Festive tips to stay healthy, safe and sane at Christmas!
Last year the Adult Nursing team, all qualified nurses, offered their top tips to keep in mind and ensure you enjoy the festivities without a trip to A&E.
This year, Mental Health Nursing and Sport Science add their own suggestions into the mix.
Merry Christmas everyone!
Tips for ‘taking charge’ of your health behaviour.
- Just because a trip to the cinema can include nachos, coke, and a hot dog, this is not some kind of ‘package’ deal, where the calories do not count! Even excess calories eaten in the dark will find their way to the hips and waistline
- Breaking a biscuit before eating it does not cause ‘calorie leakage’. A broken biscuit has as many calories as a whole one. Consume in moderation
- Foods of the same colour do not ‘cancel each other out’. So, although sprouts might be good for you, eating pistachio ice-cream at the same time will only make the sprouts less vile. The calories still count!
- ‘It’s OK; it’s Christmas!’ We often invent stories to ease our conscience. The thing is, the effects of our health behaviour are in no way mitigated by the festive season. So, whilst it good to indulge once in a while, it’s also important to keep track of your health habits. Habits that are harmful to our health goals are harder to break than they are to start
- ‘Exercise is no good for weight loss’. Actually, it is! Keeping track is one of the best ways to manage your health. The reason why exercise is thought not to aid weight loss is because of ‘compensatory’ behaviour, i.e. we become overly optimistic about how much activity we’ve done, so we overeat. Keeping food and activity diaries are a simple and effective way of maintaining focus on goals and managing periods of over-consumption and under-activity.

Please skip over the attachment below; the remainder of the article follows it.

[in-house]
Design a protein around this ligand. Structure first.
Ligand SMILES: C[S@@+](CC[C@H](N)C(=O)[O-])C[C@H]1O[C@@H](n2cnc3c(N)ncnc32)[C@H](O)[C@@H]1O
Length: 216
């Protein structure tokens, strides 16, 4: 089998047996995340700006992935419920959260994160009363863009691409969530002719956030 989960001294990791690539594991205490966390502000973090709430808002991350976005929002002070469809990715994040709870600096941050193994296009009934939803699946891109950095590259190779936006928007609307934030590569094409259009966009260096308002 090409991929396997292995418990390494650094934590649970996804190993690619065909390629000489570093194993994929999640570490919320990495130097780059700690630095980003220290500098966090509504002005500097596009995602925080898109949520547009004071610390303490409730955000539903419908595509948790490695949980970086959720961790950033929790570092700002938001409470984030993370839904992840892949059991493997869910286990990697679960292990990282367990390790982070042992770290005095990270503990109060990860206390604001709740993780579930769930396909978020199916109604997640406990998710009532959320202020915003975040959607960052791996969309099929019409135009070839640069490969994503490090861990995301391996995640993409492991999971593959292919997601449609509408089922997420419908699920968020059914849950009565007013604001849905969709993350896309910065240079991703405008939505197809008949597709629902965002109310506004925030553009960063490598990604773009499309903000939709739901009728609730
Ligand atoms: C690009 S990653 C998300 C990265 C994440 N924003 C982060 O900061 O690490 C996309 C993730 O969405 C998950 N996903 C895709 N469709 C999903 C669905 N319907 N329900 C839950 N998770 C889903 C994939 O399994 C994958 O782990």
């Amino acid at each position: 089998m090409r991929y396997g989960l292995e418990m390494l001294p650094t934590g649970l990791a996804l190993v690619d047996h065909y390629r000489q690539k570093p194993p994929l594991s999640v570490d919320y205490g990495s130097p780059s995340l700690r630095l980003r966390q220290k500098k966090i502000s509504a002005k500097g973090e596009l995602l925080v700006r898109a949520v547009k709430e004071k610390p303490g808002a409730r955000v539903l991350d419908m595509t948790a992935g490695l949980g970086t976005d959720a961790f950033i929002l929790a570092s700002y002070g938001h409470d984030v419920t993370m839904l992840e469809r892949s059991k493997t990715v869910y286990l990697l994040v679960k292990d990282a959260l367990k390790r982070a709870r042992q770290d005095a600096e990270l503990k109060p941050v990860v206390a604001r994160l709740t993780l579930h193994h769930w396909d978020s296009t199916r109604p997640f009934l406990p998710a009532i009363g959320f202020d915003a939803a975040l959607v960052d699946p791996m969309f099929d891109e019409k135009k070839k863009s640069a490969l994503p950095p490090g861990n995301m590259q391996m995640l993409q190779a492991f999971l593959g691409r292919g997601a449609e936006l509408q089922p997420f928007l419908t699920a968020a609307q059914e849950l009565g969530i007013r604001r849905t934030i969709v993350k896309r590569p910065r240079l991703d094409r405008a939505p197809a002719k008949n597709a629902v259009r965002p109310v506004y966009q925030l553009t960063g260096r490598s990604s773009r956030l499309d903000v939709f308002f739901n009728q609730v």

Want to help others stay fit and healthy? Find out more about our Sport Science course and other Sport and Exercise courses.
Mental Health Nursing
Top 10 wellbeing tips for the holiday period.
- Be Genuine – sometimes you can feel under pressure to attend a variety of festive activities, do what you want to do and don’t feel obliged to please everyone
- Be Kind – the holiday period is not a positive time for everyone, take the time to be kind to others
- Be Mindful – take time to stop and notice. We can get carried away with the pressures of daily life and not notice the little things around us
- Be Balanced – it’s important to be aware of a balance of food and drink as it can be tempting to over indulge. This can then have a negative impact on our wellbeing
- Be Active – we can get so busy over the holiday period we can neglect exercise – it’s important to keep active even if it’s just taking the stairs rather than the lift
- Be Reflective – it’s important to stop and reflect on what really matters to you; family and friends
- Be in touch – it’s important to reach out to others, we can forget those around us and need to take the time to reconnect
- Be Spontaneous – we spend most of our time having to work to deadlines – find something new you want to do and do it
- Be Rested- it’s important to ensure you maintain good sleep, it can be easy to burn the candle at both ends so take time to rest
- Remember the holiday period may not always be as you want it to be – if it doesn’t go to plan, don’t worry, tomorrows another day.
Want to join our MH Nursing team, too? Find out more about the course.
Think before you act!
It is important to keep active and not become a well-rooted couch potato…